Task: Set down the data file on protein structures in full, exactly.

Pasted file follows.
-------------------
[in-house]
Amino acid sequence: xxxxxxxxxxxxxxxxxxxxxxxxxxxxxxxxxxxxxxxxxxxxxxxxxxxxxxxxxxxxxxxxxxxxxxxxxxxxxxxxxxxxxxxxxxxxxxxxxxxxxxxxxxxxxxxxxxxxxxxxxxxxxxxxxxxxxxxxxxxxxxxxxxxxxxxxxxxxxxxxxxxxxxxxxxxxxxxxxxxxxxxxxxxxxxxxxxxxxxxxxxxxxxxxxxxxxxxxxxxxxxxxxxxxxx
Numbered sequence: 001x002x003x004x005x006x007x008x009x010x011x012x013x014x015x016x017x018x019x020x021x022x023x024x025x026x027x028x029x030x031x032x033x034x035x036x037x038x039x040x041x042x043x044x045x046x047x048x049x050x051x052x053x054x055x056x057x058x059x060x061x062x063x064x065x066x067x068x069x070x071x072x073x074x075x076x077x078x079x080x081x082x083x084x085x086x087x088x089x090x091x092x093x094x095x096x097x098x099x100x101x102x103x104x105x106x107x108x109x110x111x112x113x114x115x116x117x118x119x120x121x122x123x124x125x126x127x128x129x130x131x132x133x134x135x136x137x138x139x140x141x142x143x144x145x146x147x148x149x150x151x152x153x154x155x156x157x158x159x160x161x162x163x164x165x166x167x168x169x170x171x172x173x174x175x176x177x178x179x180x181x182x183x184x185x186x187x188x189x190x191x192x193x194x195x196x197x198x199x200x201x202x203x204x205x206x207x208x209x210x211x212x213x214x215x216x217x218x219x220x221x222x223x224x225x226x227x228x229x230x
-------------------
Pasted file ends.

[in-house]
Amino acid sequence: xxxxxxxxxxxxxxxxxxxxxxxxxxxxxxxxxxxxxxxxxxxxxxxxxxxxxxxxxxxxxxxxxxxxxxxxxxxxxxxxxxxxxxxxxxxxxxxxxxxxxxxxxxxxxxxxxxxxxxxxxxxxxxxxxxxxxxxxxxxxxxxxxxxxxxxxxxxxxxxxxxxxxxxxxxxxxxxxxxxxxxxxxxxxxxxxxxxxxxxxxxxxxxxxxxxxxxxxxxxxxxxxxxxxxx
Numbered sequence: 001x002x003x004x005x006x007x008x009x010x011x012x013x014x015x016x017x018x019x020x021x022x023x024x025x026x027x028x029x030x031x032x033x034x035x036x037x038x039x040x041x042x043x044x045x046x047x048x049x050x051x052x053x054x055x056x057x058x059x060x061x062x063x064x065x066x067x068x069x070x071x072x073x074x075x076x077x078x079x080x081x082x083x084x085x086x087x088x089x090x091x092x093x094x095x096x097x098x099x100x101x102x103x104x105x106x107x108x109x110x111x112x113x114x115x116x117x118x119x120x121x122x123x124x125x126x127x128x129x130x131x132x133x134x135x136x137x138x139x140x141x142x143x144x145x146x147x148x149x150x151x152x153x154x155x156x157x158x159x160x161x162x163x164x165x166x167x168x169x170x171x172x173x174x175x176x177x178x179x180x181x182x183x184x185x186x187x188x189x190x191x192x193x194x195x196x197x198x199x200x201x202x203x204x205x206x207x208x209x210x211x212x213x214x215x216x217x218x219x220x221x222x223x224x225x226x227x228x229x230x